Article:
From the front lines to the enterprise: The ethical considerations of AI
Social media bots that promote falsehoods in lieu of real information because they deduce it will result in more clicks. Autonomous drones that drop bombs on innocents because a terrorist is suspected to be among them.
As artificial intelligence grows in importance as a business and societal tool, so have the dangers of its potential misuse. From wrongheaded financial decisions to Twitter accounts gone rogue, questions about bias and ethical behavior are becoming more serious than ever. And these are the kinds of things that keep Iveta Lohovska up at night.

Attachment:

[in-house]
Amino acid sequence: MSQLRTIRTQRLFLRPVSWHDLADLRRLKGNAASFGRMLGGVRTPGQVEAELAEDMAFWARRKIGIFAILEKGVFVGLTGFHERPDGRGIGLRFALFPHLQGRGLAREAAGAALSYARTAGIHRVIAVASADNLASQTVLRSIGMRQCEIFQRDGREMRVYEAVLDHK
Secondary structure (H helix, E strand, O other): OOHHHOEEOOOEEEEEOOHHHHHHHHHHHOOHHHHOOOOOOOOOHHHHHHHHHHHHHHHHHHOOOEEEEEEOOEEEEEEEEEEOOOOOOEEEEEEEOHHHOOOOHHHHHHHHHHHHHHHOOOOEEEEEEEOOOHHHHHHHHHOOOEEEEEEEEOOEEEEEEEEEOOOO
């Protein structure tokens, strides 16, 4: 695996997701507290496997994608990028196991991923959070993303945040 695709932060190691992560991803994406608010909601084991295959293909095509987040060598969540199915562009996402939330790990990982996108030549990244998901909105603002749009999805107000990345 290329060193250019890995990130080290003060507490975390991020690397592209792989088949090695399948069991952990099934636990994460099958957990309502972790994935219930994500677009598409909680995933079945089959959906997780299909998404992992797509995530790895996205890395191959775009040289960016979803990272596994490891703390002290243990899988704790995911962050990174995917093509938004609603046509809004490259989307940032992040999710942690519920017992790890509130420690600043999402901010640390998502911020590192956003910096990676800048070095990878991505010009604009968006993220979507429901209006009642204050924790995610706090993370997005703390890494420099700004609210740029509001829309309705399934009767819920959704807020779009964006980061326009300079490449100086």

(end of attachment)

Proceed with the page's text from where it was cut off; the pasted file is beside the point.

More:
Lohovska is a principal data scientist, data architect, and AI ambassador who works with the global AI and data services practice at HPE Pointnext Services. Her expertise runs across a range of topics, including AI, data science, risk management, and data security. Enterprise.nxt recently sat down with Lohovska to discuss emerging issues around AI ethics and how they impact everything from global pandemics to enterprise governance.
What does AI ethics mean to you?
AI ethics has many different aspects, from technical and social challenges to legal and safety aspects of AI accountability and ethics. From a technical perspective, it is a set of rules and processes that ensures the consistency and fairness of an AI model, to the extent that's possible. It also relates to how data gets collected, how it gets handled, and how it gets pipelined and fed into the model.